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Pacific Tuna Industry Prepares to Fish US Marine Protected Areas

Industrial fishing interests in the Pacific Ocean have requested that President Trump open four national marine monuments to commercial fishing.

The Western Pacific Regional Fishery Management Council sets the fishing seasons and annual catch limits in the western Pacific. Also known as WESPAC, the council told the president that “quick action is urgently needed” to meet “exceptionally high retail demand” for canned tuna as a result of the global coronavirus pandemic.

The request from the council arrived in Washington a day after Trump signed an Executive Order promoting American seafood competitiveness and economic growth and competitiveness of the U.S. seafood industry. A statement by NOAA, the agency that regulates US fisheries, added this plan will propel the United States forward as a seafood superpower by strengthening the American economy.

In 2018 President Trump directed Secretary Ryan Zinke at the Department of the Interior to review all national monument designations on federal public land since 1996 that are 100,000 acres or more in size. According to a copy of the report obtained by The Washington Post September 19, Interior Secretary Ryan Zinke recommended that President Trump modify 10 national monuments created under the last 3 administrations, shrinking the boundaries of at least four western sites, and three marine monuments. The final revised report has been released recommending reduction in 7 National Monuments and three marine national monuments.

Although challenged in court by Tribal and Environmental groups, mining and deforestation are currently occurring in the Bears Ears and the Staircase Escalante National Monuments in Utah, green-lighted by the Whitehouse. Until this year, the Government’s movement to strip protection on other National Monuments has been idle.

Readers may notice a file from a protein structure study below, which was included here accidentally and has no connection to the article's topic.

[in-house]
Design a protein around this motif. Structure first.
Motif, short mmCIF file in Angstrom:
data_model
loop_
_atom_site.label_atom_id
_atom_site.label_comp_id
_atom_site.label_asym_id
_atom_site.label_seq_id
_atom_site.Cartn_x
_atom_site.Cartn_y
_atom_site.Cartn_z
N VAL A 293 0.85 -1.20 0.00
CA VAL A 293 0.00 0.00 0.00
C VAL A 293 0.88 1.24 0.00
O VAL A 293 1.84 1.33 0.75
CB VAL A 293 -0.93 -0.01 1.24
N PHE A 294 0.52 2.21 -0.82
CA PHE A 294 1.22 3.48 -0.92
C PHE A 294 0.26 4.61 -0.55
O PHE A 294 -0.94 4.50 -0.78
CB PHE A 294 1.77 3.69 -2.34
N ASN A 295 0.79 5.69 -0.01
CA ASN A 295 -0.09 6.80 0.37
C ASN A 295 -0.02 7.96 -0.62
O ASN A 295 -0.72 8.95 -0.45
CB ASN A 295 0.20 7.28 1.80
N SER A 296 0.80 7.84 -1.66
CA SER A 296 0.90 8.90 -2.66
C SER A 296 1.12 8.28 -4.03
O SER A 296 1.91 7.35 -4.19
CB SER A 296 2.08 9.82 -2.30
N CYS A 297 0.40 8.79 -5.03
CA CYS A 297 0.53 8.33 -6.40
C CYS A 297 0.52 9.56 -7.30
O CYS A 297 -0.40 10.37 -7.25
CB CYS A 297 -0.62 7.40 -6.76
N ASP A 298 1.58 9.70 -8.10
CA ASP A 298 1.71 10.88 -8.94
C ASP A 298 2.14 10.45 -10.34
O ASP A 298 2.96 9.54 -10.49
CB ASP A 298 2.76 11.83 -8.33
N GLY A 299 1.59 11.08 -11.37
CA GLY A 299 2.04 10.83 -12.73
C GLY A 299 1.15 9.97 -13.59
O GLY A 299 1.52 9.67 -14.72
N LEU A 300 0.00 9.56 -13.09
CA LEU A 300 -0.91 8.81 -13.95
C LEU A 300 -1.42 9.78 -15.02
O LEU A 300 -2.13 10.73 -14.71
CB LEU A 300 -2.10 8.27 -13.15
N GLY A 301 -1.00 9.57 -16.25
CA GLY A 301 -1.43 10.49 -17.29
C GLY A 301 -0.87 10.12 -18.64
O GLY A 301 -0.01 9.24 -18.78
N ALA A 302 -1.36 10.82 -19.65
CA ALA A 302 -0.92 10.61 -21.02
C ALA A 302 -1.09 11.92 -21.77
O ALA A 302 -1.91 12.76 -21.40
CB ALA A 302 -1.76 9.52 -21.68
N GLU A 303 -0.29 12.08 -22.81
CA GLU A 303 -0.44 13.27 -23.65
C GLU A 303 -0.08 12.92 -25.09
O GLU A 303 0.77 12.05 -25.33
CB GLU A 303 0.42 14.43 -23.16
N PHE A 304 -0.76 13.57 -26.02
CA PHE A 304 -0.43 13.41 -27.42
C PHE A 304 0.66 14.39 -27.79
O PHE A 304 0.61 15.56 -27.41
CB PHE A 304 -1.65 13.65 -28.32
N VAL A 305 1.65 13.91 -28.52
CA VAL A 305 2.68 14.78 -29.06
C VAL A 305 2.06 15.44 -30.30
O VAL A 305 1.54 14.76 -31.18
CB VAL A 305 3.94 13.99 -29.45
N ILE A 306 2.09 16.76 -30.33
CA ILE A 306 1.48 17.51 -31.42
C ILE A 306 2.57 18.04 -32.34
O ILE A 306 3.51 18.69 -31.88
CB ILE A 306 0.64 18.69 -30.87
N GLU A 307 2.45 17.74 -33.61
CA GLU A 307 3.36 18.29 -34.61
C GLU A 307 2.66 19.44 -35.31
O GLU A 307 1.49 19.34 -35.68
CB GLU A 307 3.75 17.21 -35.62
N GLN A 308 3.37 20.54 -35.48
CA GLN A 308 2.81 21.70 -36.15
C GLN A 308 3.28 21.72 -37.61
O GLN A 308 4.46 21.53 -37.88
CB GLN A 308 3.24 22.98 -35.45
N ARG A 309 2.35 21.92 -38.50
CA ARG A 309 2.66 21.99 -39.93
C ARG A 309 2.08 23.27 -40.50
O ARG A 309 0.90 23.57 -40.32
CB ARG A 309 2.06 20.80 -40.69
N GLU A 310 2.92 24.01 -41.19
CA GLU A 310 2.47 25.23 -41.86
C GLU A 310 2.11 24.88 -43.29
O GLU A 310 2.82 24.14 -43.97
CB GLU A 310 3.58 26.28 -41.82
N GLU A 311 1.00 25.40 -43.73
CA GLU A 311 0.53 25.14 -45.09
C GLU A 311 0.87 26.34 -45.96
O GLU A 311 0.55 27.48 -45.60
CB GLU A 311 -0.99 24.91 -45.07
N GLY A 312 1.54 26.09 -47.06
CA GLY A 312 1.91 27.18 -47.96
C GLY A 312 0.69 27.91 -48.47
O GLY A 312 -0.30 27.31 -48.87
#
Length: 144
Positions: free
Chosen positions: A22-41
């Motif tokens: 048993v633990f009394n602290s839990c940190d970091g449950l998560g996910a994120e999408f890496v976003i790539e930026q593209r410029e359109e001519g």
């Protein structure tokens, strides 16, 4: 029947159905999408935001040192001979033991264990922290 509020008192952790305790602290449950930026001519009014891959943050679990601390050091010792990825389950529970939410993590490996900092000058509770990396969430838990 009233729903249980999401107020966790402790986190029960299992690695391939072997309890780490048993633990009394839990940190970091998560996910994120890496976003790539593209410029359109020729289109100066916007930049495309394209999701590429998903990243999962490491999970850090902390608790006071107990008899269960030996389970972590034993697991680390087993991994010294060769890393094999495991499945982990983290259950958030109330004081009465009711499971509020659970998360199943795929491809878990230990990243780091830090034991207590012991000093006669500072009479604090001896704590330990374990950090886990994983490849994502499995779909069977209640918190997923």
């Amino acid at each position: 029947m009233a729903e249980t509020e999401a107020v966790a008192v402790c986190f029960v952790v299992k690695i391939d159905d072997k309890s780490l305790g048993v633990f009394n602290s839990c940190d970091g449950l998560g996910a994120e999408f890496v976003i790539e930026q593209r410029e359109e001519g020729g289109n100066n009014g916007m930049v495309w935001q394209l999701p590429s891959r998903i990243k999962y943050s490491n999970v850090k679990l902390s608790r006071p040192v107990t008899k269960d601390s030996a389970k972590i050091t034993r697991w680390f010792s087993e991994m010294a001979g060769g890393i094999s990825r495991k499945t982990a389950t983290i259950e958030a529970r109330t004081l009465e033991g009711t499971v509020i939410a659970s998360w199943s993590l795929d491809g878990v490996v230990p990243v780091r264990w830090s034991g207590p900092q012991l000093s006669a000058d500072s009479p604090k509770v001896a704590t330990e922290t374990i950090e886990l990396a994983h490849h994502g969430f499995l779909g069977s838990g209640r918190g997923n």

The Pacific Remote Islands Marine National Monument consists of Wake, Baker, Howland, and Jarvis Islands, Johnston Atoll, Kingman Reef, and Palmyra Atoll which lie to the south and west of Hawaii. These islands host some of the most abundant and diverse marine life in US waters and many endangered species not found elsewhere. This action could potentially impact over 1 billion acres of natural and cultural treasures on public lands and oceans that have been protected by presidents of both political parties, including one of the world’s largest marine protected area.

Reef shark swims over coral, Palmyra Atoll

Removing this protective status will place America’s most loved natural and cultural areas at risk to logging, mining, oil exploration and fishing. Under the Act, only Congress has the clear authority to reduce or nullify a monument designation, not the president. Show your support for our National Monuments and maintain their current status established by the 3 past presidents to protect our natural and cultural heritage.

Fishing interests claim the protected regions are negatively affecting tuna catch. Earlier this year, a team of economists and scientists published a study in Nature that found the monuments’ expansion had “little if any negative impacts” on the catch. In fact, the team found that Hawaii’s longline fleet caught more fish after the monuments were expanded.

Allowing industrial fishing in the Pacific Ocean’s most healthy and pristine waters is equivalent to clear cutting the thousand year old redwoods in Sequoia National Park, destroying complex coral ecosystems and threatening sharks, sea turtles and whales.

President Trump and WESPAC leave the monuments as-is, leave the fish in the marine protected area and retain full protected status for these ocean treasures.